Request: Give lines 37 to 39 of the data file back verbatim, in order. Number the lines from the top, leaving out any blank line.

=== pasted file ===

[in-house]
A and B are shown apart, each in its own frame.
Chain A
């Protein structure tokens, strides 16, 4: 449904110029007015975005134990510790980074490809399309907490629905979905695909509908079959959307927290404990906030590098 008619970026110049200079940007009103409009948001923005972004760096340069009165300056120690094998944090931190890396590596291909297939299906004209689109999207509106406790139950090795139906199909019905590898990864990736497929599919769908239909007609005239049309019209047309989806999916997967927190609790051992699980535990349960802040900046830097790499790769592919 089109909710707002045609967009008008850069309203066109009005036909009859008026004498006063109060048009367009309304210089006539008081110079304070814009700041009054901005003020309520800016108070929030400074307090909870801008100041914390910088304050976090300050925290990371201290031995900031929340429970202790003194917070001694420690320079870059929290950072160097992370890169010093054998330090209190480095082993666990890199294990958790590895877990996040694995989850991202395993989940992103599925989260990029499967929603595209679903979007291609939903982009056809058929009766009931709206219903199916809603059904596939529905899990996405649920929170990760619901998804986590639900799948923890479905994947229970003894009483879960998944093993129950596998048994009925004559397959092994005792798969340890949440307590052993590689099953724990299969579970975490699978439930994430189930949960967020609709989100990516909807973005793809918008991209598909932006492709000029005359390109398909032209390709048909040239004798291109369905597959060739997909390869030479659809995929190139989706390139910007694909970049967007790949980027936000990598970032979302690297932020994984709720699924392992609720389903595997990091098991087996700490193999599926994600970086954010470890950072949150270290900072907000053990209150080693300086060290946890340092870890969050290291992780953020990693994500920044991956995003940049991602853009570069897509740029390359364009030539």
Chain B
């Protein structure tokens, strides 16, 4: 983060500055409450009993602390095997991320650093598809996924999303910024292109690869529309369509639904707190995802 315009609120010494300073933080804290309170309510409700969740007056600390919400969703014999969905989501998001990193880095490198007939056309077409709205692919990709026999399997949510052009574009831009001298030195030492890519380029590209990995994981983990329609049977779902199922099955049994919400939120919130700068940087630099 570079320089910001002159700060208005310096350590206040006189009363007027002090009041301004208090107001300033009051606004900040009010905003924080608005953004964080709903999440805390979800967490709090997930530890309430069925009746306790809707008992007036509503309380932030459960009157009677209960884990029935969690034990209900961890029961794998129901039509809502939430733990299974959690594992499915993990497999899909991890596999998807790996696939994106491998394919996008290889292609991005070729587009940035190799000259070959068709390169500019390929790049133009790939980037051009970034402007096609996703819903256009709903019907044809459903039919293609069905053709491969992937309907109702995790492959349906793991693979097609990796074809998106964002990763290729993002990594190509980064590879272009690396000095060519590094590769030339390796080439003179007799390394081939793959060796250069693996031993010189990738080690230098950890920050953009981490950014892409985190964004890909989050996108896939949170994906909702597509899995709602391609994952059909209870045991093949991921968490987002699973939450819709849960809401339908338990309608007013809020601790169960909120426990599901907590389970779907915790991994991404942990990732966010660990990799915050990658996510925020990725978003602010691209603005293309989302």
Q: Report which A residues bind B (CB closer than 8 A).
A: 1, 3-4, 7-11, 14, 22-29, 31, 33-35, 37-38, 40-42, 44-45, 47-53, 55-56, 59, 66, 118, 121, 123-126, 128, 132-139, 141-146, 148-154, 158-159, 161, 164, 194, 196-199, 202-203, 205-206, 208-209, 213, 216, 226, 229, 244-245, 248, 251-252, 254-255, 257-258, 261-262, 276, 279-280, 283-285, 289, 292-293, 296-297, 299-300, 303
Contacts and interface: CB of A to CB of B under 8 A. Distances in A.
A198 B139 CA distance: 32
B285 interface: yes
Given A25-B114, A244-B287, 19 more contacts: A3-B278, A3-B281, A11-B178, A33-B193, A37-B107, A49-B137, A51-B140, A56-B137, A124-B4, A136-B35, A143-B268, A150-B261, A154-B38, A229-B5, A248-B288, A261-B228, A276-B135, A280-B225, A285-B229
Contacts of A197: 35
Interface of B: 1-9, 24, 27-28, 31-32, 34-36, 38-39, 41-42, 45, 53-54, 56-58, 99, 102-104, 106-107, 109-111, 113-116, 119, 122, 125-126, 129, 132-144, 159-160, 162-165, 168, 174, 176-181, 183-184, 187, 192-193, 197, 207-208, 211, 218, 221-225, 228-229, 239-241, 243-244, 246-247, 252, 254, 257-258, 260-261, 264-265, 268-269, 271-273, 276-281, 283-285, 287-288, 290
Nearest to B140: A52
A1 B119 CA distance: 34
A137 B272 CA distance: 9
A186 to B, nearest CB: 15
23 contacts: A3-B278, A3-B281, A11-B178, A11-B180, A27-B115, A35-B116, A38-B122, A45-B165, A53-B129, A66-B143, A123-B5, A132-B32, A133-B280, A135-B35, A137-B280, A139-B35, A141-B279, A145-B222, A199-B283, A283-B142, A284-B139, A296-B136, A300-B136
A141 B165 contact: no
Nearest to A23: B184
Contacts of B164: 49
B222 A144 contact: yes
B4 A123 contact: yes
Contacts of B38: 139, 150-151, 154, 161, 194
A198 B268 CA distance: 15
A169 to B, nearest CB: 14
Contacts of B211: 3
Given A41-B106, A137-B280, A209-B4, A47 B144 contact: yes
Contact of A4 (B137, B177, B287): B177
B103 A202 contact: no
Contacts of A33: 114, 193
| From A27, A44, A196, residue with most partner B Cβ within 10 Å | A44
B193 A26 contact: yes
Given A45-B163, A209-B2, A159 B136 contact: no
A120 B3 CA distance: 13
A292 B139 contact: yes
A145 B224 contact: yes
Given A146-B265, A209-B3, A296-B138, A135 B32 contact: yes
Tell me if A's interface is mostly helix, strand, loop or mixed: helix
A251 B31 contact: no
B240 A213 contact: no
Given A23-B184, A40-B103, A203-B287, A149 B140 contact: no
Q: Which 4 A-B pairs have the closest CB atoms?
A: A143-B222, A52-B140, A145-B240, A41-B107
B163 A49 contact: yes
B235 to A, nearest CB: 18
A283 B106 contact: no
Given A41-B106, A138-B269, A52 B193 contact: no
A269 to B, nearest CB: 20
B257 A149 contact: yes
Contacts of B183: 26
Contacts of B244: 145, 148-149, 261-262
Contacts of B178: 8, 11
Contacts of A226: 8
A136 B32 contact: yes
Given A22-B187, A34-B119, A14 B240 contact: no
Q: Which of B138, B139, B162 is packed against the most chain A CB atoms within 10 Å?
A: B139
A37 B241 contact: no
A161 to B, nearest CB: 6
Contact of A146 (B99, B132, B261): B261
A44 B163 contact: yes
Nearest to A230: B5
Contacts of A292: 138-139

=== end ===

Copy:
A292 B139 contact: yes
A145 B224 contact: yes
Given A146-B265, A209-B3, A296-B138, A135 B32 contact: yes